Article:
Pat Green, What I’m For

patgreenPat Green
What I’m For

Coming from a seemingly endless string of Texas singer-songwriters, Pat Green spent the late ’90s racking up regional hits and filling college-town arenas across the Lone Star state. When “Wave on Wave” became a top five single and earned a Grammy nod in 2003, he’d finally transitioned from roots-country king to nationally-known troubadour. Green continues to plow this middle ground to seduce new fans while suiting his devout followers. Produced by Music Row maven Dan Huff, What I’m For scrapes the bottom of the trough for tired concepts and warmed-over heartland rock.

First single, “Let Me” rips phrases from the Conway Twitty songbook, and the title track rattles off a laundry list of things Green stands for (leaving grudges behind, loving stray dogs and learning the Gettysburg Address, among other random oddities). Meanwhile, the hard-charging “Country Star” namedrops Nashville’s rich-and-famous (Tim and Faith are featured in the surprisingly humorless rocker), but on What I’m For, Pat Green seems leagues away from the career level their talents have afforded them.

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8 Responses to Pat Green, What I’m For

  1. Pingback: Special Guests Ray Benson and Redd Volkaert Joined Brad Paisley For Austin Concert | The 9513

  2. Wow! Blake, you and I typically agree when it comes to stuff like this but not here. While not a 5 star album, I do like the album. Then Again, I’ve been known to like stuff other people ‘in our biz’ of critics don’t like. As long as i’m not considered the Jeffrey Lyons or Ben Lyons or Earl Dittman of country music (poster quote whores) I’m fine with liking stuff that may not be as critically loved…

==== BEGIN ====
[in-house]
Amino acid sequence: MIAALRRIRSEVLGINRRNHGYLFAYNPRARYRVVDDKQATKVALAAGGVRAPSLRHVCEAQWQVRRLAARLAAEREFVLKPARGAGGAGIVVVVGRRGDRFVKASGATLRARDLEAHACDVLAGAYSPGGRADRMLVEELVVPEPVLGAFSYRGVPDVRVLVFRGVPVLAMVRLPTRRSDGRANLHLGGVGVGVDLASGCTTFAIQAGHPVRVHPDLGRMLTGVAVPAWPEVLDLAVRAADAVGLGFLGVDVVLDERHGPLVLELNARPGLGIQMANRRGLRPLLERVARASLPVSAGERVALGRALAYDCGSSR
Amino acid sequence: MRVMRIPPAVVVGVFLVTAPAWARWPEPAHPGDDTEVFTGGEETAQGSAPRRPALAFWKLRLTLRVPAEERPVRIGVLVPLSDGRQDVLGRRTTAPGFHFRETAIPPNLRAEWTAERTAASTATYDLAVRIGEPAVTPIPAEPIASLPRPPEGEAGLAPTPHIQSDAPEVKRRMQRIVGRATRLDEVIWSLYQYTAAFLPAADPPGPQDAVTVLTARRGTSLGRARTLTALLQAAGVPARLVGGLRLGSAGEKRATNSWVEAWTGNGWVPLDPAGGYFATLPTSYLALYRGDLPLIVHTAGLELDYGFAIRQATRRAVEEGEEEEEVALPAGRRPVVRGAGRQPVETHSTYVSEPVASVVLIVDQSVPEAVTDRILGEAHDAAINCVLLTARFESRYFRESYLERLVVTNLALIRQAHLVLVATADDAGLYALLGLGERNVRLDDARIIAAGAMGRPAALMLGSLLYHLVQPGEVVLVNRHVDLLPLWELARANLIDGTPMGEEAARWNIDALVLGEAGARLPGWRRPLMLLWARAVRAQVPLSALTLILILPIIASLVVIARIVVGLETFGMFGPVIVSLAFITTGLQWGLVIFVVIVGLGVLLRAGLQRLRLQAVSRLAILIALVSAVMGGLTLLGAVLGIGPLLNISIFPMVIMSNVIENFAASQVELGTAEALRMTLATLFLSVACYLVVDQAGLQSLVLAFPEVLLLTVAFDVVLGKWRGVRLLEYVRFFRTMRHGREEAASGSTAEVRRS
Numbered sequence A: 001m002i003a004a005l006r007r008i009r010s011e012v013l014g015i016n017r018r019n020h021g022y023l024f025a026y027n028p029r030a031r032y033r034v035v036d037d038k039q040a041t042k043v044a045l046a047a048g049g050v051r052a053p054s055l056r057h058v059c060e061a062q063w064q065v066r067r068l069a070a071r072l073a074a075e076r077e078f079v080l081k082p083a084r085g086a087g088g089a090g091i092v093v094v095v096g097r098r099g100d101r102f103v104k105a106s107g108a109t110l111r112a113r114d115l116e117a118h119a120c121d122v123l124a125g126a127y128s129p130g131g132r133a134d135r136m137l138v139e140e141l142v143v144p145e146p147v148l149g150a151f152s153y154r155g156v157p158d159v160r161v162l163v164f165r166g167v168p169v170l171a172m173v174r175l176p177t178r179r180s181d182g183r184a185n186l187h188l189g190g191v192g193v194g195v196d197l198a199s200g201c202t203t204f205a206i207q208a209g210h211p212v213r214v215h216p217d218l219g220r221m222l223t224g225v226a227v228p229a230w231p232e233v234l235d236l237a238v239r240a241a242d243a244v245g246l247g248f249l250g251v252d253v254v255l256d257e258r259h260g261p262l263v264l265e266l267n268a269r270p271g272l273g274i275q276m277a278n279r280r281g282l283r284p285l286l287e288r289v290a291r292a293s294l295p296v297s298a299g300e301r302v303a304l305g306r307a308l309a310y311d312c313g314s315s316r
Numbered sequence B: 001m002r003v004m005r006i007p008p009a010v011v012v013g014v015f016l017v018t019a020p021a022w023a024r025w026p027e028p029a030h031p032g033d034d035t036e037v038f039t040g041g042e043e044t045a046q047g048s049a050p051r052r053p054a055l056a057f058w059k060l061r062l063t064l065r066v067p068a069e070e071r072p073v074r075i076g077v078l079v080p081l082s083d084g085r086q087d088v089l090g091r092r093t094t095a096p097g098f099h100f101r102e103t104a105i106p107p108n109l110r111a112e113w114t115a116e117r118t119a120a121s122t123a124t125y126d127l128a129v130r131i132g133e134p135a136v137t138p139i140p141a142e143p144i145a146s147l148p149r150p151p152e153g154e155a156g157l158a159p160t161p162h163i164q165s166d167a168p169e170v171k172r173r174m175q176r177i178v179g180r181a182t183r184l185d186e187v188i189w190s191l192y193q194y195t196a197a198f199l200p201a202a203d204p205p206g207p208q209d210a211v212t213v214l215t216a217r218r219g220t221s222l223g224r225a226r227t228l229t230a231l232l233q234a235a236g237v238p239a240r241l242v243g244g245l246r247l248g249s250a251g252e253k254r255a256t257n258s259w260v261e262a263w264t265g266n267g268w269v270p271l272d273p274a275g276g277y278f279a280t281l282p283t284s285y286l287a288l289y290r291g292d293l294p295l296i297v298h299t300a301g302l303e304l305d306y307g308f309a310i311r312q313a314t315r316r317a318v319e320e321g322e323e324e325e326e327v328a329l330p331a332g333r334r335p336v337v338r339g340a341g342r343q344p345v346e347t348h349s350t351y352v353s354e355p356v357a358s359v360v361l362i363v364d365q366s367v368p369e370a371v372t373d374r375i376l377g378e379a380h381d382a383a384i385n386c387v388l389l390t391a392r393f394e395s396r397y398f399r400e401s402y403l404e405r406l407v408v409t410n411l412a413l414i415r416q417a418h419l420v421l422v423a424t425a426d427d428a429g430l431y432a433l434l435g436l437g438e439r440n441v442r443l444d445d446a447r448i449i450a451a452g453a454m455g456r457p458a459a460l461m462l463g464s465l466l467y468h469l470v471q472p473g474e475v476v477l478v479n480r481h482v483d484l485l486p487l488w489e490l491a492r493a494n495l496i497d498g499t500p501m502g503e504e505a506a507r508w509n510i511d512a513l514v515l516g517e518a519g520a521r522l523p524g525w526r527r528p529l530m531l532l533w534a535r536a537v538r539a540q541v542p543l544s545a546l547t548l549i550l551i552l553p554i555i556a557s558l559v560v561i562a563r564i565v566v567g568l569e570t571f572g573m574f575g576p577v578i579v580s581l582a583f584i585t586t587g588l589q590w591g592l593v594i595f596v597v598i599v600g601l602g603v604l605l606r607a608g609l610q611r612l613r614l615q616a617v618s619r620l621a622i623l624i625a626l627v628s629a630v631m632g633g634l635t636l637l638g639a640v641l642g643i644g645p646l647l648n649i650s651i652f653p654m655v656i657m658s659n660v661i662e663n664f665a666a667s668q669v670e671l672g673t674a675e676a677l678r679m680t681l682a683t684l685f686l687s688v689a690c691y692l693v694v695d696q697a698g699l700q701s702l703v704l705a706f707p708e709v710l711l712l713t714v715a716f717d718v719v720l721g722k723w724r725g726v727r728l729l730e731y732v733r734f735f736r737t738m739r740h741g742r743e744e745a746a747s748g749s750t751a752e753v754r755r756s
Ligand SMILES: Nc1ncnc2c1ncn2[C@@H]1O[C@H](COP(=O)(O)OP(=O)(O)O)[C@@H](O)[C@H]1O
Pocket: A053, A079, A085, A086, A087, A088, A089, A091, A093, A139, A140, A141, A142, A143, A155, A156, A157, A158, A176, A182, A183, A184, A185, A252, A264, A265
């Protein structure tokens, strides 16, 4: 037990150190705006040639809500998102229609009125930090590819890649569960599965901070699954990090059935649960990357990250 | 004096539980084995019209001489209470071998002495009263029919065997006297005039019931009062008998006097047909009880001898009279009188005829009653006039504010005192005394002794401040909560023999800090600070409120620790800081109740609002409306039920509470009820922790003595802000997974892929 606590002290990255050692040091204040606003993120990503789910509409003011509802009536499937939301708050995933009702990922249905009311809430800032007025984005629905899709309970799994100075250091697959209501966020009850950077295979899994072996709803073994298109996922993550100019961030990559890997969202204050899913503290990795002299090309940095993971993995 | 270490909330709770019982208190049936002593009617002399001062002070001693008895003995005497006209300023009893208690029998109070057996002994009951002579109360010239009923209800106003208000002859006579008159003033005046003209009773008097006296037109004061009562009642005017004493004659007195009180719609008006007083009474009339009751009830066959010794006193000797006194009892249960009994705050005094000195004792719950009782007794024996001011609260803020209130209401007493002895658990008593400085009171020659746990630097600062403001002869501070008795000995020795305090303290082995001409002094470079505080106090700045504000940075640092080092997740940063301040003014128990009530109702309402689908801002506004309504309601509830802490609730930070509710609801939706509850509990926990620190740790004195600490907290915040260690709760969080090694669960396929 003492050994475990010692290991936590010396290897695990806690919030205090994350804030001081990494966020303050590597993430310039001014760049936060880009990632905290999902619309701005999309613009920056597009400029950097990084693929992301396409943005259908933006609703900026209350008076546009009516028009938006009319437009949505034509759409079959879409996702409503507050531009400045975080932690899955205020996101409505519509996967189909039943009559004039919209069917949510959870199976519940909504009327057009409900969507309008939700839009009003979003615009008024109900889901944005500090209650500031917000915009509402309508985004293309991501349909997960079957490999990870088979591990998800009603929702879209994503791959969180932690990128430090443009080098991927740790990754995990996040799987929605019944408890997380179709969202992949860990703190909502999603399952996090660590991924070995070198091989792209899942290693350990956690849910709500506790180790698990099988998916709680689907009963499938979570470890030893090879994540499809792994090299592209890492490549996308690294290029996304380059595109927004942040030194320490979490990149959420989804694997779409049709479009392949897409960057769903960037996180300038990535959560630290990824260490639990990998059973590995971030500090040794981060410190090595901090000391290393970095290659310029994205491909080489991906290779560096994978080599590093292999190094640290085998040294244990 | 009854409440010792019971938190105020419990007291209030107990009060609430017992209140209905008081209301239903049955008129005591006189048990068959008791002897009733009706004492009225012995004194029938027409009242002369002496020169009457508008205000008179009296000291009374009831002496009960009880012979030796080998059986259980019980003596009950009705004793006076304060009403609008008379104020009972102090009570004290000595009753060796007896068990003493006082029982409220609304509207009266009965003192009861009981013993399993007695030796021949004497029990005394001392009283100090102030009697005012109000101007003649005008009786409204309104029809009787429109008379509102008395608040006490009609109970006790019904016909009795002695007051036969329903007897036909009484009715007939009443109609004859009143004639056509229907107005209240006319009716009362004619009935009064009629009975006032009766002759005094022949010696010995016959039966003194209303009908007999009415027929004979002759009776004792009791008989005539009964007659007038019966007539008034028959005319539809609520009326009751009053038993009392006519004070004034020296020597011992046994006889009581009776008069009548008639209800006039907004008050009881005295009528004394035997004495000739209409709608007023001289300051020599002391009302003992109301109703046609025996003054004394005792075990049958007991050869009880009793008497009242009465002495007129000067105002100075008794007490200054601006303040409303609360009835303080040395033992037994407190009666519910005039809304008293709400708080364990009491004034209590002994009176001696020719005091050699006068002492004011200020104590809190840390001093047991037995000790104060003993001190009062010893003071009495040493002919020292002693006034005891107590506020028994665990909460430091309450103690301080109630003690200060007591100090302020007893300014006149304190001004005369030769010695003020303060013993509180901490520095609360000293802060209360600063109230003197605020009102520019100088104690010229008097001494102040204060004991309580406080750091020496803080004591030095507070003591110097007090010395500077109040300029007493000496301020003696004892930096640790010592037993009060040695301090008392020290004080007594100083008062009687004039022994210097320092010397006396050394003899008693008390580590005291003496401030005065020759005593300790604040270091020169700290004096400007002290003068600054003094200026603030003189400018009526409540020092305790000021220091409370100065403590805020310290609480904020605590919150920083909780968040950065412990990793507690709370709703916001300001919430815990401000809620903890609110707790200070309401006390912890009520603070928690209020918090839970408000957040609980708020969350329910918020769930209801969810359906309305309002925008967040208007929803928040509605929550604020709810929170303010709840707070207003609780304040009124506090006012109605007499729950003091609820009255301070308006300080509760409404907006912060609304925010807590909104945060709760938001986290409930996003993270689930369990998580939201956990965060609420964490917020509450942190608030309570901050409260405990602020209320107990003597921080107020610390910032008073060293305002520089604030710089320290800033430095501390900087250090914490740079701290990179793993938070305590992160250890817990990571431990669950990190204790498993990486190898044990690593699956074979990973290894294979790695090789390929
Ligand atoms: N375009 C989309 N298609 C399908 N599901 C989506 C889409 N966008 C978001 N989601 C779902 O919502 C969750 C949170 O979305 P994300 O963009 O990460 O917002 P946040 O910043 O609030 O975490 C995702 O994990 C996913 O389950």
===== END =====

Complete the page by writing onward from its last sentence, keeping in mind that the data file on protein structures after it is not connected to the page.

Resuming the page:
3. Dan MillikenNo Gravatar

    “Green continues to plow this middle ground to seduce new fans while suiting his devout followers.”

    On the contrary, I think his devout followers are turning on him by the second. Solid review, though – this one really disappointed me.

  4. Blake BoldtNo Gravatar

    What I’m For is insufferably boring; “Let Me” is in the Clay Walker/Billy Currington school, that is to say, his sweet-nothings nurse his lady love’s bad day and pave the way for a little poor-me sex. (Dierks Bentley, Josh Turner and Jeff Bates, among others, channel Conway much better in this regard.) The jokes (“Country Star” and “In It for the Money”) ain’t funny. Even the Bobby Pinson cut (“Feeling Pretty Good Tonight”) is bland. Compared to other failures in the past year, at least Jessica Simpson and Kellie Pickler screamed enough on their records to keep me awake for short stretches of time.

    A fair share of devout followers (no more than 5-6 thou) will still stick with Green, but point taken about the growing dissatisfaction of his fanbase.

  5. Perhaps I like ‘boring’ music? ;)

  6. Leeann WardNo Gravatar

    Too bad about this one. I really like his stuff up through 3 Days and there seems to be a gradual decline after that album. I suspected this album would be bad from the first single.

  7. Greg MNo Gravatar

    I’ve not heard the entire album, but I did hear the single, “Let Me” and that might be one of the most annoying, non-rascal flatts song in the radio part of the genre right now. You hear the term “one-hit wonder.” I call this song “one-note wonder.” I liked songs like Wave on Wave, but come on. Spice it up, show us your range, and let it go. If the other songs on the album are like this one, it’s no wonder why the fanbase is showing a disappointment to this guys music.

  8. Pingback: Special Guests Ray Benson and Redd Volkaert Joined Brad Paisley For Austin Concert - Engine 145

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